During the afternoon UTC hours of May 7, 2017, Tropical Cyclone “Donna” became the strongest May cyclone ever to hit the southern hemisphere. Donna peaked at 118.7 knots (220 km/h / 136 mph) at 19:32 UTC on May 7, before it started weakening. Vanuatu Meteorology and Geohazards Department reported estimated gusts close to the center reached as high as 300 km/h (186 mph).
At 12:00 UTC on May 8, Severe Tropical Cyclone “Donna” had maximum sustained winds of 203 km/h (126 mph) close to the center, according to the RSMC Nadi, Fiji, the authority for this part of the world. This placed Donna on the upper edge of Category 3 hurricane equivalent on the Saffir-Simpson hurricane wind scale.
At the time, the cyclone was located just 15 km (9.3 miles) north of the northern tip of Lifou Island (population ~10 000), New Caledonia, moving south-southeast at 13 km/h (8 mph) with an estimated central pressure of 935 hPa. Its center has just passed (~12:00 UTC) near or over Ouvea Island (population ~3 400), New Caledonia. Both Lifou Island and Ouvea belong the New Caledonia’s Loyalty Islands Province. Damage reports from these islands are not available at the time.
Tropical Cyclone “Donna” threat map by RSMC Nadi, Fiji on May 8, 2017
Before it hit the Loyalty Islands, Donna wreaked havoc on Vanuatu, forcing people to hide in evacuation centers, strong houses, and caves. Currently available damage reports mention Torba Province as the most affected area. A significant number of houses were totally destroyed and the majority of houses damaged. For detailed preliminary reports, please visit this page: Severe Tropical Cyclone “Donna” swirling near Vanuatu
Tropical Cyclone “Donna” forecast track by JTWC on 15:00 UTC on May 8, 2017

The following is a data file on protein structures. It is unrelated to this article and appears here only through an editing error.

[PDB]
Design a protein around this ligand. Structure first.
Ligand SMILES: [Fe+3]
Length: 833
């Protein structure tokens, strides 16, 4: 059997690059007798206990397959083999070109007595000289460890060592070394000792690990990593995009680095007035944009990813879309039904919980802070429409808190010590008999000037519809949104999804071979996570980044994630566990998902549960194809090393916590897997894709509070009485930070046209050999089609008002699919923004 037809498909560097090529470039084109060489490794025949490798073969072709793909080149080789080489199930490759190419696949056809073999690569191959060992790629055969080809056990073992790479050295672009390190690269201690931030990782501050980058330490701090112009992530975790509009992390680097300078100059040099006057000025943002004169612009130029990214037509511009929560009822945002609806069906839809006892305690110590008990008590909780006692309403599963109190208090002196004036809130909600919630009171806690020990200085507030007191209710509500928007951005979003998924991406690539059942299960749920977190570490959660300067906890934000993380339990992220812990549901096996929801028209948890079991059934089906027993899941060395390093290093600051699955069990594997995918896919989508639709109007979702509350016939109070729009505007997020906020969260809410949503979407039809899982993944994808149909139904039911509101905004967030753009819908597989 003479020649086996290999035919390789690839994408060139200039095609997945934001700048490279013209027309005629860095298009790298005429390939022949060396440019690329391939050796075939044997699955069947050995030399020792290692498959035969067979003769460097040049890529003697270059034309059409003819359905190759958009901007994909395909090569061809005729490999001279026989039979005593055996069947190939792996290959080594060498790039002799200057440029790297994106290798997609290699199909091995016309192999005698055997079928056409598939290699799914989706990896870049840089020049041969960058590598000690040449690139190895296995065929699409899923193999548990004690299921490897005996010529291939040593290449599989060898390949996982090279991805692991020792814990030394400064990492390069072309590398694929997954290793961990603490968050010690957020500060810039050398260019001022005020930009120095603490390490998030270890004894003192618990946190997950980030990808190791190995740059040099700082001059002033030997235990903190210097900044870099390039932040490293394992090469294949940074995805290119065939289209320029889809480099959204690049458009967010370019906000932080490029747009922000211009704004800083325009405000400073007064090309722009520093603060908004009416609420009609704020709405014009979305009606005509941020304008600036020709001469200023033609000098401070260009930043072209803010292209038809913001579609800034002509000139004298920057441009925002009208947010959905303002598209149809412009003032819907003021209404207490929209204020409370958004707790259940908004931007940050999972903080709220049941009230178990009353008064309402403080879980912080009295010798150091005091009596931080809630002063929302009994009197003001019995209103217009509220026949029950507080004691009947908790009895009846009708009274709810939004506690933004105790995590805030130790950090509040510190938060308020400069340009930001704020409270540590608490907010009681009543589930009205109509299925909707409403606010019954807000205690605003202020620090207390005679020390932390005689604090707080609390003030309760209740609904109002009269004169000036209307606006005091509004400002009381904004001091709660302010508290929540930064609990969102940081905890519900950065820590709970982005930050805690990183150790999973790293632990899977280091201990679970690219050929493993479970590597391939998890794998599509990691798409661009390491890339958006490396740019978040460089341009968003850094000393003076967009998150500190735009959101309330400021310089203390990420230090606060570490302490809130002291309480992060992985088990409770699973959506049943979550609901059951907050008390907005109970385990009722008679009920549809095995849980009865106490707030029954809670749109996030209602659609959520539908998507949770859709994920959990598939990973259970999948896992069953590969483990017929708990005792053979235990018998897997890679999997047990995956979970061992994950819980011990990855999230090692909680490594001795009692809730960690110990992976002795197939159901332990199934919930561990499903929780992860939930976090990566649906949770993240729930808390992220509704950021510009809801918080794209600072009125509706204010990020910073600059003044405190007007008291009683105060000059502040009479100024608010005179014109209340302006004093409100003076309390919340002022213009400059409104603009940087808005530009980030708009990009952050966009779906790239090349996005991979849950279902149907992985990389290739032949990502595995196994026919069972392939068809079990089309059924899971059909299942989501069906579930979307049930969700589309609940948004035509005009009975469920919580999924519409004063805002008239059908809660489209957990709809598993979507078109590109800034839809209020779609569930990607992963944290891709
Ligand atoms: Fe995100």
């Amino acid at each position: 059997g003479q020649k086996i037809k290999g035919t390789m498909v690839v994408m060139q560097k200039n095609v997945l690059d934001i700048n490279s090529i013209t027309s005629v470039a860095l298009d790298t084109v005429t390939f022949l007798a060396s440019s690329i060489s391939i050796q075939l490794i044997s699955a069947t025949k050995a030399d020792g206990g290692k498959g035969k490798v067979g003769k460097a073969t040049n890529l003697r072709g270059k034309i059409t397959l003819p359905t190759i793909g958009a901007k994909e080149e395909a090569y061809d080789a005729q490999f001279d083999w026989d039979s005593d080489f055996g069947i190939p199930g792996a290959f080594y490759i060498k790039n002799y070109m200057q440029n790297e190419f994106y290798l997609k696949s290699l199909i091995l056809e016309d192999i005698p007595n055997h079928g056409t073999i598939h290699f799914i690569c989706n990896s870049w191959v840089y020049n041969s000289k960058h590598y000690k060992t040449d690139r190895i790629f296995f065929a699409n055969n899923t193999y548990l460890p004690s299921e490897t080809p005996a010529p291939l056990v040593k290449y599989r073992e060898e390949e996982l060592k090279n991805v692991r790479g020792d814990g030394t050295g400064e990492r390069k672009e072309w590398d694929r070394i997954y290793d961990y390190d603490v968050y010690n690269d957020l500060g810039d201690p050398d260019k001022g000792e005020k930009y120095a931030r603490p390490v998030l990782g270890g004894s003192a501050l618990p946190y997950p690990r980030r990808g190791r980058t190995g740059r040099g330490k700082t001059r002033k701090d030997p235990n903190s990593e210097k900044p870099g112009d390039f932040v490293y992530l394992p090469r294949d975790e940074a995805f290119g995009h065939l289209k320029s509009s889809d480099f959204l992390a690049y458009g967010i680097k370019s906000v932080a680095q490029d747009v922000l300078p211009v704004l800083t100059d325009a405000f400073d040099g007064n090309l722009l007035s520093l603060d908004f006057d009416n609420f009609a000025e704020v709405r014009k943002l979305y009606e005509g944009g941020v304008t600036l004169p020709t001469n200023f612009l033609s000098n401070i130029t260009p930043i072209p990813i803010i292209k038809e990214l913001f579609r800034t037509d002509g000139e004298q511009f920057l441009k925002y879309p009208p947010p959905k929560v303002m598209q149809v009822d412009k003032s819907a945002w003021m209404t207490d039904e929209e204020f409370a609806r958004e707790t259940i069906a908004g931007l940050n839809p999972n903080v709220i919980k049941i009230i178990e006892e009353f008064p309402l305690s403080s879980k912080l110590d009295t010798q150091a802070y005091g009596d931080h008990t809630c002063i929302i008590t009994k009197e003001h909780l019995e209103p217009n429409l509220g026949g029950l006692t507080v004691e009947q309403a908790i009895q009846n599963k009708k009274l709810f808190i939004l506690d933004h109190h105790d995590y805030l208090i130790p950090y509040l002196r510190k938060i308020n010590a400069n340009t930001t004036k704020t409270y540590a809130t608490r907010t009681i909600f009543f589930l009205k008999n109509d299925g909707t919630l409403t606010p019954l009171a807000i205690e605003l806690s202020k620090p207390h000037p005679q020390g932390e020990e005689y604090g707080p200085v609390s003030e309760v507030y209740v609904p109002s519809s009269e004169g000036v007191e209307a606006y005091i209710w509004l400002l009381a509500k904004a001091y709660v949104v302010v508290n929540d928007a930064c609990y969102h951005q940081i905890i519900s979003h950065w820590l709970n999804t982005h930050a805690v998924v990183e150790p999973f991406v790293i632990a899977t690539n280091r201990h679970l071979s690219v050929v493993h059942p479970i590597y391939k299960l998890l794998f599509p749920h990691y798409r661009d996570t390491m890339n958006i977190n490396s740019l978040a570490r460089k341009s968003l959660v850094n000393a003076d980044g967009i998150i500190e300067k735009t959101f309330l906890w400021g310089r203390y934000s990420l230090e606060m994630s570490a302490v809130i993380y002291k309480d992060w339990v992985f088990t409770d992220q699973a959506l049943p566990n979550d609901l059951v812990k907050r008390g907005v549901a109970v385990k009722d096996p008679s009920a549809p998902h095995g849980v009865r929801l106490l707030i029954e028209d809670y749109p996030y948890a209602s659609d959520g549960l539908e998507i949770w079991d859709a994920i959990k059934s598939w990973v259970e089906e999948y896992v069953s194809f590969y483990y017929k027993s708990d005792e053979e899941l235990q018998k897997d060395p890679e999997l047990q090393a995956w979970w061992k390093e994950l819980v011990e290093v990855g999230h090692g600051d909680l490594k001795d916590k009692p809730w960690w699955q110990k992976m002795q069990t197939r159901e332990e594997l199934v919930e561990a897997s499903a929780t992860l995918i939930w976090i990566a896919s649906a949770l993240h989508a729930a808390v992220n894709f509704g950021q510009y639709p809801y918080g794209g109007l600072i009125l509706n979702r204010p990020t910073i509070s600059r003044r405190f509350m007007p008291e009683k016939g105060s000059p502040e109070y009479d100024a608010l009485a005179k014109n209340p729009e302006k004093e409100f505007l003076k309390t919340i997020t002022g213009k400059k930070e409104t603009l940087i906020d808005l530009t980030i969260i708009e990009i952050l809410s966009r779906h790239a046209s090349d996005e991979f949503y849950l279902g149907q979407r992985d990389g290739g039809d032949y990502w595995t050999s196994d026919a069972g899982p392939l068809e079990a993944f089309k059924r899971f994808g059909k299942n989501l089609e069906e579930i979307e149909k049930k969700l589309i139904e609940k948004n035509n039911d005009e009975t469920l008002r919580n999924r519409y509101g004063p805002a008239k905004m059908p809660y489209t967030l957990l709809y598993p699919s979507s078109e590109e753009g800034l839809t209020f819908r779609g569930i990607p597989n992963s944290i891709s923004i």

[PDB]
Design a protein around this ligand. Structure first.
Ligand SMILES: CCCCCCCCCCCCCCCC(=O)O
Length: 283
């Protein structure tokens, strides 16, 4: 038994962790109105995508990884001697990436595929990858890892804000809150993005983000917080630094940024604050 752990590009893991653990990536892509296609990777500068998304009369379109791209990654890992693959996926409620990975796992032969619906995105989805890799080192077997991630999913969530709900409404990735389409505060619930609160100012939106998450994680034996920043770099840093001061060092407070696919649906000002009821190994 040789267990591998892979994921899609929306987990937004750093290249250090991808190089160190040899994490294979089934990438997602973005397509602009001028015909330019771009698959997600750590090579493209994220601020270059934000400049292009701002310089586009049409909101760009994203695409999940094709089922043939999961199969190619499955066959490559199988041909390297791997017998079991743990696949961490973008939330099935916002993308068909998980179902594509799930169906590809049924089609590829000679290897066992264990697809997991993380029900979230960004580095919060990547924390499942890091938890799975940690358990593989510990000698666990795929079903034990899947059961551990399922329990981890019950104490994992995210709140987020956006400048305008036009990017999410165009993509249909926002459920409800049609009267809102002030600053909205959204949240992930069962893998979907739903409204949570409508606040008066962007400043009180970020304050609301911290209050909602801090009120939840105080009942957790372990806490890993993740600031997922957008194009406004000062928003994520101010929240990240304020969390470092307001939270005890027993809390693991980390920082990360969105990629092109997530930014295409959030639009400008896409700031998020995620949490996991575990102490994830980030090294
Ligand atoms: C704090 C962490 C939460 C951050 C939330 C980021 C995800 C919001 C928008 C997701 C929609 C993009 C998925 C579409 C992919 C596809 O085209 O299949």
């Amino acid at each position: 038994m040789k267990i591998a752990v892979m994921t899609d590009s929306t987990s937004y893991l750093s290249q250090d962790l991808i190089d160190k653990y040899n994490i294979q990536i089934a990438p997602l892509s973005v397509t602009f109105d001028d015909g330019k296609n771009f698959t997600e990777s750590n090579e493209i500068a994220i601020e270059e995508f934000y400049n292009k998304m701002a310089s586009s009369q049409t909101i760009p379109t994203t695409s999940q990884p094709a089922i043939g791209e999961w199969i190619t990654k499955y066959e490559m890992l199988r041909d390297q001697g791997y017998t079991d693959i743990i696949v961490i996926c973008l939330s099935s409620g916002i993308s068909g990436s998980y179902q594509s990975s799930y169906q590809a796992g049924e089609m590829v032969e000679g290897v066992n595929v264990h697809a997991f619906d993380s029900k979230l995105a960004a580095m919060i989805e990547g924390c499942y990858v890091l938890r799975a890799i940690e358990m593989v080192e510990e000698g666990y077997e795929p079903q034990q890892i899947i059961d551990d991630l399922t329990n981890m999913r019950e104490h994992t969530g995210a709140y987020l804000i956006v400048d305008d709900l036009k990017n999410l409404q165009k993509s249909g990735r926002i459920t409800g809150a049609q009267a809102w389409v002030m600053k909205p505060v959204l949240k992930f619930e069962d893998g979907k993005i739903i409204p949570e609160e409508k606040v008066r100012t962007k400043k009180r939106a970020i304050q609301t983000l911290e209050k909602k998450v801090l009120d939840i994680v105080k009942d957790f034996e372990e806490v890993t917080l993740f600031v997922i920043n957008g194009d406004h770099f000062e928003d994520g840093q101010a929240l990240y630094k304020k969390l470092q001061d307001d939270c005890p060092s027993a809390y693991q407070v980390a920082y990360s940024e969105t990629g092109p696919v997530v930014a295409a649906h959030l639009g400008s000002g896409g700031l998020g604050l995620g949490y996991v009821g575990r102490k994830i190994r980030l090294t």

Tropical Cyclone “Donna” at 12:00 UTC on May 8, 2017. Credit: JTWC/SATOPS, Himawari
Tropical Cyclone Donna on May 8, 2017. Credit: NASA/NOAA Suomi NPP/VIIRS
Tropical Cyclone “Donna” (18P) formed northeast of Vanuatu on May 3, 2017, 3 days after the official end of the 2016/17 South Pacific Cyclone season. Donna was initially expected to pass directly over or along Vanuatu, but the forecast track changed and Donna took a more southerly track. Still, the system brought extremely dangerous weather to Vanuatu and New Caledonia.
Shortly before 12:00 UTC on May 7, Donna’s maximum sustained winds reached 95 knots (176 km/h / 109 mph), tying it with Tropical Cyclone “Nadu” in 1986 for strongest May South Pacific (E of 135°E) tropical cyclone on record. Around 14:30 UTC, Donna’s maximum sustained winds reached 115 knots (213 km/h / 132 mph) which made it the strongest May southern hemisphere tropical cyclone on record.
On the same day, Donna was a hurricane for 4 days in a row which made it the longest-lived southern hemisphere tropical cyclone of the 2016/17 season to date.
By 16:00 UTC on May 8, Donna has generated the most Accumulated Cyclone Energy for any southern hemisphere tropical cyclone forming this late in the season on record, according to CSU Meteorologist and tropical cyclones specialist Philip Klotzbach.
Donna peaked at 118.7 knots (220 km/h / 136 mph) at 19:32 UTC on May 7, before it started weakening. This made it a Category 4 hurricane equivalent on the Saffir-Simpson scale. By 14:30 UTC on May 8, its maximum sustained winds were 105 knots (194 km/h / 121 mph) and the system is expected to continue weakening before it exists the Vanuatu-New Caledonia region toward New Zealand.
According to the JTWC’s Prognostic Reasoning released 15:00 UTC on May 8, Tropical Cyclone “Donna” is expected to weaken further as it tracks east of New Caledonia due to cooler sea surface temperatures and land interaction. After 15:00 UTC on May 9, the system will begin extratropical transition as it interacts with a major shortwave trough and baroclinic zone. Rapid weakening is expected after 03:00 UTC on May 10 due to strong vertical wind shear and cold sea surface temperatures.